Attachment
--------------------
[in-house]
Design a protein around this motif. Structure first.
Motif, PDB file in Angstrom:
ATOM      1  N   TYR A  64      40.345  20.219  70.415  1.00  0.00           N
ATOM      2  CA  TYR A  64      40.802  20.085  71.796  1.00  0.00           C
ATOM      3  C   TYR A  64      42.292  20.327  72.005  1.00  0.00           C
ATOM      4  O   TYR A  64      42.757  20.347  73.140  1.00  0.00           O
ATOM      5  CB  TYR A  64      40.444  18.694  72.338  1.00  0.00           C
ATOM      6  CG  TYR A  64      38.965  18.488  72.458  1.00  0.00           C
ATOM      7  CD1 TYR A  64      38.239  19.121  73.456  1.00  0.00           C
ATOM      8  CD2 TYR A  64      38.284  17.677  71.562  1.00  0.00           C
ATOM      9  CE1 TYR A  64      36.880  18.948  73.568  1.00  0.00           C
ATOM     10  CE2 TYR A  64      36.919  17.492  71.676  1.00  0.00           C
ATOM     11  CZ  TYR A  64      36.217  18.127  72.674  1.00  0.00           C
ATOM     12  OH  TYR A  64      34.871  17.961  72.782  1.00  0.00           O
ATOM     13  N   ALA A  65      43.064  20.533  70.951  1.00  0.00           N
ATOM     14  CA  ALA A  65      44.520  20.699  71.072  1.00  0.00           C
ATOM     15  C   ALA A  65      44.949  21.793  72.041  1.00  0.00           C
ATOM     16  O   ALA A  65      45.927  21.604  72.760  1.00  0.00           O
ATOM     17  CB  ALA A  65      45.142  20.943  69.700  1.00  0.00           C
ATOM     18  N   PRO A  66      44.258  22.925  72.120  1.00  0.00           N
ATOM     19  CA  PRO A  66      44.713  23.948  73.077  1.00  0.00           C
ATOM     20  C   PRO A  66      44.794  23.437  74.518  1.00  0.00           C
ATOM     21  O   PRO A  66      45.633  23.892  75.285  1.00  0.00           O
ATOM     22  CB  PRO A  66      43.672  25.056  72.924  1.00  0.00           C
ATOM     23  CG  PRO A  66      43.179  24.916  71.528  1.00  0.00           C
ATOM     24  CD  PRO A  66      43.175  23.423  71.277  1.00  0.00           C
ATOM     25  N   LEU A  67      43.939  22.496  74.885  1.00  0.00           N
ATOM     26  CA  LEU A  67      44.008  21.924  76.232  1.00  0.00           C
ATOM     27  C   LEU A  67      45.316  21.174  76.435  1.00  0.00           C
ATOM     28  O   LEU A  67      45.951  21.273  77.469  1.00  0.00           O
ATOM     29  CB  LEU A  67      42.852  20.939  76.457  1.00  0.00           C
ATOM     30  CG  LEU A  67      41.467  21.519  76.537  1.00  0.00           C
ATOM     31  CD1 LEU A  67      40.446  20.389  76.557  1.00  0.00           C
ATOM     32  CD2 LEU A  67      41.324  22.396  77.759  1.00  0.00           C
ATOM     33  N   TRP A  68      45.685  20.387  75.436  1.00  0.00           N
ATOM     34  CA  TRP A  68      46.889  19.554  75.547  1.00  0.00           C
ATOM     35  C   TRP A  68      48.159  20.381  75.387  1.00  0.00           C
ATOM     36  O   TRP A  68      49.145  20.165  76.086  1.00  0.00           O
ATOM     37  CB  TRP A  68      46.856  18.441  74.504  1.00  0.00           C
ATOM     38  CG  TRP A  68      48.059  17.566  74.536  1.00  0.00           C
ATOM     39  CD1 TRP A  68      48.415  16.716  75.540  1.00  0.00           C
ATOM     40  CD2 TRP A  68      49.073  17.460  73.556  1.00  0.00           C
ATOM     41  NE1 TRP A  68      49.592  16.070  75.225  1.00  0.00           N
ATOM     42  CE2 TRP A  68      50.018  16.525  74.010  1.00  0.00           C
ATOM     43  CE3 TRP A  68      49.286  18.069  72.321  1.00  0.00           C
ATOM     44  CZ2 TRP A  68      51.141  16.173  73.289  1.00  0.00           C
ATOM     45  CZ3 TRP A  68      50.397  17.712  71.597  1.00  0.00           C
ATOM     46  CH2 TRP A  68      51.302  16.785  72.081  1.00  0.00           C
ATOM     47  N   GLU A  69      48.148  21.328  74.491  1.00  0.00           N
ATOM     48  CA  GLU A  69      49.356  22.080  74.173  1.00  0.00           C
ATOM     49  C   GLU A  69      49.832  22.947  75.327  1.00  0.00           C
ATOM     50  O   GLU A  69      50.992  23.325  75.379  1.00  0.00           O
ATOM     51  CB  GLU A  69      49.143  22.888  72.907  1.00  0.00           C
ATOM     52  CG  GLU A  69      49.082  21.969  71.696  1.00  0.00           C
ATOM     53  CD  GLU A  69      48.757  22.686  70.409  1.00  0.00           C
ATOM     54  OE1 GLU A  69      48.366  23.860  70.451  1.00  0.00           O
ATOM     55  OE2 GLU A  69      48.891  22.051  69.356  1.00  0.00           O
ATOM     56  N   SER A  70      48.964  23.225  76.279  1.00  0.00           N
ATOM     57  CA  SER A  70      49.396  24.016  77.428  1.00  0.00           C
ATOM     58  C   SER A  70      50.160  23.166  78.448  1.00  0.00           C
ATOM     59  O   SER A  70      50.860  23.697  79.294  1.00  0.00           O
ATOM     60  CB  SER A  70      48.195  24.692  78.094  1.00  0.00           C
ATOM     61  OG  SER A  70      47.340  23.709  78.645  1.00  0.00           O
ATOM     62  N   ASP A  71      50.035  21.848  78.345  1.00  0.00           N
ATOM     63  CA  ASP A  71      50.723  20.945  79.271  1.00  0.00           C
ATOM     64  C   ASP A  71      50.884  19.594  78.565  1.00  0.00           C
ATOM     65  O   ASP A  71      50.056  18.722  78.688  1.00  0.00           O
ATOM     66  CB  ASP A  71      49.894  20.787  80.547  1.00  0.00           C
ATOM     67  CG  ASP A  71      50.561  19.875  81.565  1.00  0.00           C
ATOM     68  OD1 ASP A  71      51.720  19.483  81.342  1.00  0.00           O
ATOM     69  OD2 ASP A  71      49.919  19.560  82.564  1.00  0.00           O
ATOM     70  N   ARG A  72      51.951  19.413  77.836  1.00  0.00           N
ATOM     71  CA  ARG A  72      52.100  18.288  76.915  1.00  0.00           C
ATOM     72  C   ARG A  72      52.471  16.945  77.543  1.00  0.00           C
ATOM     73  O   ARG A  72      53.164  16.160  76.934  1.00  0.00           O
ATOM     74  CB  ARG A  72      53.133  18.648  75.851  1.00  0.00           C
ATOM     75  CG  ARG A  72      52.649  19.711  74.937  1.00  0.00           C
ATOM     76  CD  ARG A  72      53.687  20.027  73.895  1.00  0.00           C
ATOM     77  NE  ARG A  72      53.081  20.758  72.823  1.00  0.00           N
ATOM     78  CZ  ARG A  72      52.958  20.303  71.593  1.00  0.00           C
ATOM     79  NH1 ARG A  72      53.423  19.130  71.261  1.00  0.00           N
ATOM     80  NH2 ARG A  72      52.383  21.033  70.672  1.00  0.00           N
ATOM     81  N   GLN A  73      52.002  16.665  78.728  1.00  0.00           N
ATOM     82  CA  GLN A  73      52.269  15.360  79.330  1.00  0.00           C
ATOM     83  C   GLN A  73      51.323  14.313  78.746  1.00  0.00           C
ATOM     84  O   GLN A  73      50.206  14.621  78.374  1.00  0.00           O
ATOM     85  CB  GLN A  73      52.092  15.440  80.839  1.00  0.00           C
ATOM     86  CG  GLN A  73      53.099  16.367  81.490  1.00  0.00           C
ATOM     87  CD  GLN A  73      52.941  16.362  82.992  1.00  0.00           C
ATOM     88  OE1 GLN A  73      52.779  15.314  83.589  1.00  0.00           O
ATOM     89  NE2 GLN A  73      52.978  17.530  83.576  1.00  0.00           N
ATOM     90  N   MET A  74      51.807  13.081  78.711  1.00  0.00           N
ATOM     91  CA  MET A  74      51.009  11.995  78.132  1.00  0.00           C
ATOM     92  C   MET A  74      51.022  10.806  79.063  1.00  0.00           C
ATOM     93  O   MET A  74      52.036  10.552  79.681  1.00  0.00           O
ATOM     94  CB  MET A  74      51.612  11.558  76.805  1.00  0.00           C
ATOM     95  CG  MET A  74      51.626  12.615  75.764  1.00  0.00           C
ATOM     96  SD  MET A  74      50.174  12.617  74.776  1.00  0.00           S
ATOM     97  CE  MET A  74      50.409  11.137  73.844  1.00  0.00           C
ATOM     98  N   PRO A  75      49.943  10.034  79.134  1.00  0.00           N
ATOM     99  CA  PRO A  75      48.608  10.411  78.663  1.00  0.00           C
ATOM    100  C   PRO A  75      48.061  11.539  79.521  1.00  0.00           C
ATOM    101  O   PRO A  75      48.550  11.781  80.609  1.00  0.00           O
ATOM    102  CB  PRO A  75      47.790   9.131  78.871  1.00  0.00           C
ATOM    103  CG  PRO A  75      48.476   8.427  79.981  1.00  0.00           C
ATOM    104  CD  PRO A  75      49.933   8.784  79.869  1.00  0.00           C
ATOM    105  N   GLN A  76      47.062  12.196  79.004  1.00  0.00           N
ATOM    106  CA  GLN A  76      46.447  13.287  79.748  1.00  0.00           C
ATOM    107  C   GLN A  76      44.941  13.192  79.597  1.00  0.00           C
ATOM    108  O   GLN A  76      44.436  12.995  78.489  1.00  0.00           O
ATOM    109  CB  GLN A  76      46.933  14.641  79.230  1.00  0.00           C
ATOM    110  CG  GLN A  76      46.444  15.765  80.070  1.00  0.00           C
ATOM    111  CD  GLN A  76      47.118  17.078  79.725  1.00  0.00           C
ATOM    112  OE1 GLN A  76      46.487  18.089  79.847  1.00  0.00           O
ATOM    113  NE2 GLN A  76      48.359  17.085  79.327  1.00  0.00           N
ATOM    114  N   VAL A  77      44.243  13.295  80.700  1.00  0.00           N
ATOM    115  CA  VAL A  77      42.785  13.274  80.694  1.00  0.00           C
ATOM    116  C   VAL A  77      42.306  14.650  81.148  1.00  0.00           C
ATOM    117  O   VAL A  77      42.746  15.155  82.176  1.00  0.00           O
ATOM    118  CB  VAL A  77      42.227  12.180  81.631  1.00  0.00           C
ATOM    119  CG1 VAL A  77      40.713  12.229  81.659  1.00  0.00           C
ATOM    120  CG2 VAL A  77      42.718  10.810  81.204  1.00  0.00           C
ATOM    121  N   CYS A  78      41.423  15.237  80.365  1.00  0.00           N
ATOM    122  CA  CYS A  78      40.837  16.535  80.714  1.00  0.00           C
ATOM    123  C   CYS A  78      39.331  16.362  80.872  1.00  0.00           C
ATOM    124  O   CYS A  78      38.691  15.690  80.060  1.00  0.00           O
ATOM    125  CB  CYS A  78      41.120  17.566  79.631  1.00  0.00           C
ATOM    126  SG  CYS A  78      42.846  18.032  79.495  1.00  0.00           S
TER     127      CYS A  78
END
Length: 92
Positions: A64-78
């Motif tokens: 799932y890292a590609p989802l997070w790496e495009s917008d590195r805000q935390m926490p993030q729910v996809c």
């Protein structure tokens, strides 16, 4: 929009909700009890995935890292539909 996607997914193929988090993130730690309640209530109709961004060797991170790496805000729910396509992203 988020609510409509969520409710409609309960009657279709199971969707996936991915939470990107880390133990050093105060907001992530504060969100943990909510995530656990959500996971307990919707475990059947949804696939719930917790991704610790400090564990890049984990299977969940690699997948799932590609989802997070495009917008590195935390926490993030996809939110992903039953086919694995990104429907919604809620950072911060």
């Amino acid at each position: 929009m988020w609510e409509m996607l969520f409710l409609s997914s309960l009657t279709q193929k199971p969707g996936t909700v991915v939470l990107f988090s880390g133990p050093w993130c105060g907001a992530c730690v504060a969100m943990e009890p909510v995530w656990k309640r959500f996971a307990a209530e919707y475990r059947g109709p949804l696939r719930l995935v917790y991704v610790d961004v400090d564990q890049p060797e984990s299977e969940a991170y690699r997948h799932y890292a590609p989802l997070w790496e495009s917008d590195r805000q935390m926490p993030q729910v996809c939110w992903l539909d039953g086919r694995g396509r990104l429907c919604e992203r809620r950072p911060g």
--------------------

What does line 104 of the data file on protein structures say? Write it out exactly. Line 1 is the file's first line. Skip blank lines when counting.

ATOM    101  O   PRO A  75      48.550  11.781  80.609  1.00  0.00           O